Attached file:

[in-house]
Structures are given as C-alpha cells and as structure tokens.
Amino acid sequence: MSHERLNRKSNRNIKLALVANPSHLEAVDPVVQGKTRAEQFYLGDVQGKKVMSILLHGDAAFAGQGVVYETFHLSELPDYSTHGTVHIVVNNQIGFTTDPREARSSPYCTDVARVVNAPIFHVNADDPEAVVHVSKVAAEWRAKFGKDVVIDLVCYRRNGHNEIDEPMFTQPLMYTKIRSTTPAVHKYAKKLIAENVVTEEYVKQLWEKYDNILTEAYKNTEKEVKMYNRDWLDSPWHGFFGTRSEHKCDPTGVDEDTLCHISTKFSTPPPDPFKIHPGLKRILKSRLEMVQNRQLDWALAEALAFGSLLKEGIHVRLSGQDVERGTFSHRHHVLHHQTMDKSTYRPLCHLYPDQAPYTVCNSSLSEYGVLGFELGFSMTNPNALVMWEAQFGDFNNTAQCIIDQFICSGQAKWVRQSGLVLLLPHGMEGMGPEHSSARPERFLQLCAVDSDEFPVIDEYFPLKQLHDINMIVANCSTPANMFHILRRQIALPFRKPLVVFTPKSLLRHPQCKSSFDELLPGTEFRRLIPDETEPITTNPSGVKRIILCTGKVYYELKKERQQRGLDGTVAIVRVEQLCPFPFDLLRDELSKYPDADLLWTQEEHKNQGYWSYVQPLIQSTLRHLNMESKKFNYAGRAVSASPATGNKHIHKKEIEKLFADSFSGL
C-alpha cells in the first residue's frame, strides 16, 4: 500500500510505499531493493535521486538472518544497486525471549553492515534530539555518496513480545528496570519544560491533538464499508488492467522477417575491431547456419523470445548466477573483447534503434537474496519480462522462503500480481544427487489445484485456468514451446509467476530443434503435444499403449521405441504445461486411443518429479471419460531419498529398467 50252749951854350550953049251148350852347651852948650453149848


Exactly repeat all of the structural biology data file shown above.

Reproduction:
[in-house]
Structures are given as C-alpha cells and as structure tokens.
Amino acid sequence: MSHERLNRKSNRNIKLALVANPSHLEAVDPVVQGKTRAEQFYLGDVQGKKVMSILLHGDAAFAGQGVVYETFHLSELPDYSTHGTVHIVVNNQIGFTTDPREARSSPYCTDVARVVNAPIFHVNADDPEAVVHVSKVAAEWRAKFGKDVVIDLVCYRRNGHNEIDEPMFTQPLMYTKIRSTTPAVHKYAKKLIAENVVTEEYVKQLWEKYDNILTEAYKNTEKEVKMYNRDWLDSPWHGFFGTRSEHKCDPTGVDEDTLCHISTKFSTPPPDPFKIHPGLKRILKSRLEMVQNRQLDWALAEALAFGSLLKEGIHVRLSGQDVERGTFSHRHHVLHHQTMDKSTYRPLCHLYPDQAPYTVCNSSLSEYGVLGFELGFSMTNPNALVMWEAQFGDFNNTAQCIIDQFICSGQAKWVRQSGLVLLLPHGMEGMGPEHSSARPERFLQLCAVDSDEFPVIDEYFPLKQLHDINMIVANCSTPANMFHILRRQIALPFRKPLVVFTPKSLLRHPQCKSSFDELLPGTEFRRLIPDETEPITTNPSGVKRIILCTGKVYYELKKERQQRGLDGTVAIVRVEQLCPFPFDLLRDELSKYPDADLLWTQEEHKNQGYWSYVQPLIQSTLRHLNMESKKFNYAGRAVSASPATGNKHIHKKEIEKLFADSFSGL
C-alpha cells in the first residue's frame, strides 16, 4: 500500500510505499531493493535521486538472518544497486525471549553492515534530539555518496513480545528496570519544560491533538464499508488492467522477417575491431547456419523470445548466477573483447534503434537474496519480462522462503500480481544427487489445484485456468514451446509467476530443434503435444499403449521405441504445461486411443518429479471419460531419498529398467 50252749951854350550953049251148350852347651852948650453149848